The future is starting early in San Francisco because of a little (but not so small) cottage that architect David Baker hand-constructed in order to illustrate that not only can you create a home that generates its own energy but one that produces a surplus of it.
David’s cottage is 100% free of any help from an electricity company, all due to Baker’s thoughtful planning and placement of solar panels that can be moved throughout the year to accommodate the angle of the sun. What’s more impressive is that his cottage is so well sealed, insulated, and designed that the cottage actually produces an excess of 30% more energy than it consumes.
This isn’t the first time David Baker has created an innovative and self-sustaining home, the San Francisco architect and his team at David Baker Architects have been creating and retrofitting America for years. Baker first started with his own home, installing solar panels and then redesigning the interior for sustainability and efficiency. When things went well inside his personal home, he decided to take a bold step and build a cottage and workshop in his backyard.
Bold but certainly not daft, David started his massive project of a dream by constructing his workshop that now sits right below the two-story net zero cottage. How else is an architect supposed to hand-craft the very panels that make up your cottage, in a studio? No, that’s too easy and takes all the fun out of making it all on your own. So that’s exactly what David did, the majority of the materials and decor of the net-zero cottage was created in his workshop nestled right behind his front home.
David constructed the exterior walls of the cottage from scrap metal pieces and prototype clips that he sourced from San Francisco local shops. He then went on to combine his imaginative exterior walls with triple-glazed windows and enough foam insulation to seal in the cottage even during this year’s comparatively harsh winter.
The net-zero home requires no external heating aiming to utilize the heat given off from people, appliances, and surrounding heat to warm the air during winter.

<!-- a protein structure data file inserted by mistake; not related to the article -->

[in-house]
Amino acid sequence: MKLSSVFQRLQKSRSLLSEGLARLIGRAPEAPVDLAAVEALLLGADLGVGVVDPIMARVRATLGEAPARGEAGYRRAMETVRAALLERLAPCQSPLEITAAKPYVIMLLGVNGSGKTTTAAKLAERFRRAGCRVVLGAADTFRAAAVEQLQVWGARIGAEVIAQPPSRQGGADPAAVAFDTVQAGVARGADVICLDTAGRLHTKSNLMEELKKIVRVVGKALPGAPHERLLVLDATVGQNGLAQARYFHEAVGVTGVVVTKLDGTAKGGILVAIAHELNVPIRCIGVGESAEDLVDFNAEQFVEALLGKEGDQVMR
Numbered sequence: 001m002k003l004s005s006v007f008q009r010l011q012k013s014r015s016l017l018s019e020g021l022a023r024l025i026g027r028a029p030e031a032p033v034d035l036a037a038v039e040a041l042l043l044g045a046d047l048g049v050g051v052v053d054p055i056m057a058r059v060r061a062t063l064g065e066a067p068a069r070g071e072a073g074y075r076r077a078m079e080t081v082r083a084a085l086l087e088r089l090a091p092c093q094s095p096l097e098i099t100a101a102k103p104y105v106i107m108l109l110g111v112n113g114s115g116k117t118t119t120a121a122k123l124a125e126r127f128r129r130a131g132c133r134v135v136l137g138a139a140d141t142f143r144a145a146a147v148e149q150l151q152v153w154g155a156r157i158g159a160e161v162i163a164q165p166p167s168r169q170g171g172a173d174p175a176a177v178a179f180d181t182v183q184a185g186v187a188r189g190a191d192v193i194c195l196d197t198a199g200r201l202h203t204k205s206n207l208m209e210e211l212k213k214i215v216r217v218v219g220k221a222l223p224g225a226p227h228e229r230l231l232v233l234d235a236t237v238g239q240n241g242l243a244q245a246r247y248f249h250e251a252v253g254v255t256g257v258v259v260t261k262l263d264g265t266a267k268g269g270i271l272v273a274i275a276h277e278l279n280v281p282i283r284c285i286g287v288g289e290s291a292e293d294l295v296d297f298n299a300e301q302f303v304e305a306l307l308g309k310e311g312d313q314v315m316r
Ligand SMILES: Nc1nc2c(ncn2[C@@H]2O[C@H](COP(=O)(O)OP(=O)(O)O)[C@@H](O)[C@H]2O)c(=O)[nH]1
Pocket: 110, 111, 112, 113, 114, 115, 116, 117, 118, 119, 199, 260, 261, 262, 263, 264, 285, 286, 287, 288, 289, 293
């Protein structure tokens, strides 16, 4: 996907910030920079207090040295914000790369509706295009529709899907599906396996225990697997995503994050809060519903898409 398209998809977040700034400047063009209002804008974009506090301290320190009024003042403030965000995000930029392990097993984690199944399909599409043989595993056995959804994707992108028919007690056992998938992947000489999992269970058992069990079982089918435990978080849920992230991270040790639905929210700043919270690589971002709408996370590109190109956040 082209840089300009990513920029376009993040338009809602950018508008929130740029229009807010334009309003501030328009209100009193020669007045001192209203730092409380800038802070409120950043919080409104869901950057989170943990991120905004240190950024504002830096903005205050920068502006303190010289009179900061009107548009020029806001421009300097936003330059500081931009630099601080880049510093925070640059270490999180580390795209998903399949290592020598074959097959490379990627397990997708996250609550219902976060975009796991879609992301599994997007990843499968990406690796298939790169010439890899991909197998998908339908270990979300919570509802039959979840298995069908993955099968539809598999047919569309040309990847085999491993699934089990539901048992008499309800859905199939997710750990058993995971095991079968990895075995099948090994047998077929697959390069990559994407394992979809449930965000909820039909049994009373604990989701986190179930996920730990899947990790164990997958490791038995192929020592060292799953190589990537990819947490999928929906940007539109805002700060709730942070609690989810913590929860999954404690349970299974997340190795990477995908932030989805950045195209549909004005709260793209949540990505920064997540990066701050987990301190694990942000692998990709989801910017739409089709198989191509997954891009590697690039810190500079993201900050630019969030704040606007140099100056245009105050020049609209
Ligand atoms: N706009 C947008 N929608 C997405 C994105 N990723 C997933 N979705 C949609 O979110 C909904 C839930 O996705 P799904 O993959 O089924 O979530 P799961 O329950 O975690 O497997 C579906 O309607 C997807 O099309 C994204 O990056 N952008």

Not only does the net-zero cottage keep the house warm all winter long but it also keeps the room temperature cool during the summer months as well because of the tight building envelope that reduces the heat gain on the exterior.
David Baker didn’t stop as he designed the exterior to be bullet proof against the constantly changing weather in San Francisco, he went on the hand-make the majority of the interior as well:
- Wood floors made from salvaged wood then sealed with a heavy coat of VOC-free flaxseed oil;
- Custom-made cabinets for the kitchen and living room from sourced urban wood;
- Installed a central light that provides the lighting for the kitchen and living room downstairs as well as serving as an entryway to the rooftop where Baker made a drought-tolerant garden of plants from recycled Ducati tires;
- A solar-powered kitchen, designed to fit in the comfortable yet spacious 712 square foot cottage;
- An enormous walk-in shower fit for a group (for your group bathers);
- Internal lights are all solar-powered and light the rooms with LED light bulbs;
- A surprisingly spacious bedroom located on the top floor connected by a central step ladder from the living and kitchen areas.
All in all the entire cottage houses plenty of space for a single person, a couple, or even a small family to live in and enjoy their time in one of San Francisco’s hippest self-sustaining cottages.
To date, David Baker is set to receive San Francisco’s first ever Passive House award for a home that creates more energy than it consumes. The award will be given to David Baker and his amazing cottage after the first year is done and energy levels are ready to be analyzed. Till then David and his very lucky guests who get to enjoy his net-zero cottage will be reminding everyone around how anything is possible if only you try, even hand-making your own self-sufficient cottage.